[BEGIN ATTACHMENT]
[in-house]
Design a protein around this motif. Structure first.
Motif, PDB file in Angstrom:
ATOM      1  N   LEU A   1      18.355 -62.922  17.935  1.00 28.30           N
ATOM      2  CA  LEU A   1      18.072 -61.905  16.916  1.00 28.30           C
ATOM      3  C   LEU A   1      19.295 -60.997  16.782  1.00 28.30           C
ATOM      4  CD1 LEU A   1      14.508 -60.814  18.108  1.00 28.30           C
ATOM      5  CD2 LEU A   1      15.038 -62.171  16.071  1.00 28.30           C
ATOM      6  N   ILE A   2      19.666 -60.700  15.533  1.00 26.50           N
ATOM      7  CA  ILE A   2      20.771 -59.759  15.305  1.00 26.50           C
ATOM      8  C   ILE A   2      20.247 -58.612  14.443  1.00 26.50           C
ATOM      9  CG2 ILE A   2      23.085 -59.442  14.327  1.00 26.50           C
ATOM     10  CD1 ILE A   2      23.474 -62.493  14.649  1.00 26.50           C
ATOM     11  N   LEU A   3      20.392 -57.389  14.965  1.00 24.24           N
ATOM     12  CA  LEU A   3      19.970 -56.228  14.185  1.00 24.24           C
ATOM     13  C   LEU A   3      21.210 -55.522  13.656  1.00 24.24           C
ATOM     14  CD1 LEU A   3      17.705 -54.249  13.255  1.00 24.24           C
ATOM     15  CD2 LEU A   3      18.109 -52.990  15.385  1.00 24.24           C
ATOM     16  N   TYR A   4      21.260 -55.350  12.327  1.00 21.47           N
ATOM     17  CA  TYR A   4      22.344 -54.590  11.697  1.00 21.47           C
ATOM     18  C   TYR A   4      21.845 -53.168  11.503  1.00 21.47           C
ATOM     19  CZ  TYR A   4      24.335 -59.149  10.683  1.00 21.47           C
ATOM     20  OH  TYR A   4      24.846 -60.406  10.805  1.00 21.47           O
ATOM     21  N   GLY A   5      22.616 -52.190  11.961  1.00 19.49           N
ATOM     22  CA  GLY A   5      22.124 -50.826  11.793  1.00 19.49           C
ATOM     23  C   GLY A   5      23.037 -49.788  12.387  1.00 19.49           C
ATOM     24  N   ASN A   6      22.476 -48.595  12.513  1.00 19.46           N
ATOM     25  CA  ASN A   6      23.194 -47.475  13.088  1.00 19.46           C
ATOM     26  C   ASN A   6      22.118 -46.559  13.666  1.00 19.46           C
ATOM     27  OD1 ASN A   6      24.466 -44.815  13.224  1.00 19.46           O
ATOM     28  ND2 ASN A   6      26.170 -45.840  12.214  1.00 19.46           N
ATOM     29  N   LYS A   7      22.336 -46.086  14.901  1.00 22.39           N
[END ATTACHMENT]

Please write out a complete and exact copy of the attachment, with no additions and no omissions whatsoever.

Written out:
[in-house]
Design a protein around this motif. Structure first.
Motif, PDB file in Angstrom:
ATOM      1  N   LEU A   1      18.355 -62.922  17.935  1.00 28.30           N
ATOM      2  CA  LEU A   1      18.072 -61.905  16.916  1.00 28.30           C
ATOM      3  C   LEU A   1      19.295 -60.997  16.782  1.00 28.30           C
ATOM      4  CD1 LEU A   1      14.508 -60.814  18.108  1.00 28.30           C
ATOM      5  CD2 LEU A   1      15.038 -62.171  16.071  1.00 28.30           C
ATOM      6  N   ILE A   2      19.666 -60.700  15.533  1.00 26.50           N
ATOM      7  CA  ILE A   2      20.771 -59.759  15.305  1.00 26.50           C
ATOM      8  C   ILE A   2      20.247 -58.612  14.443  1.00 26.50           C
ATOM      9  CG2 ILE A   2      23.085 -59.442  14.327  1.00 26.50           C
ATOM     10  CD1 ILE A   2      23.474 -62.493  14.649  1.00 26.50           C
ATOM     11  N   LEU A   3      20.392 -57.389  14.965  1.00 24.24           N
ATOM     12  CA  LEU A   3      19.970 -56.228  14.185  1.00 24.24           C
ATOM     13  C   LEU A   3      21.210 -55.522  13.656  1.00 24.24           C
ATOM     14  CD1 LEU A   3      17.705 -54.249  13.255  1.00 24.24           C
ATOM     15  CD2 LEU A   3      18.109 -52.990  15.385  1.00 24.24           C
ATOM     16  N   TYR A   4      21.260 -55.350  12.327  1.00 21.47           N
ATOM     17  CA  TYR A   4      22.344 -54.590  11.697  1.00 21.47           C
ATOM     18  C   TYR A   4      21.845 -53.168  11.503  1.00 21.47           C
ATOM     19  CZ  TYR A   4      24.335 -59.149  10.683  1.00 21.47           C
ATOM     20  OH  TYR A   4      24.846 -60.406  10.805  1.00 21.47           O
ATOM     21  N   GLY A   5      22.616 -52.190  11.961  1.00 19.49           N
ATOM     22  CA  GLY A   5      22.124 -50.826  11.793  1.00 19.49           C
ATOM     23  C   GLY A   5      23.037 -49.788  12.387  1.00 19.49           C
ATOM     24  N   ASN A   6      22.476 -48.595  12.513  1.00 19.46           N
ATOM     25  CA  ASN A   6      23.194 -47.475  13.088  1.00 19.46           C
ATOM     26  C   ASN A   6      22.118 -46.559  13.666  1.00 19.46           C
ATOM     27  OD1 ASN A   6      24.466 -44.815  13.224  1.00 19.46           O
ATOM     28  ND2 ASN A   6      26.170 -45.840  12.214  1.00 19.46           N
ATOM     29  N   LYS A   7      22.336 -46.086  14.901  1.00 22.39           N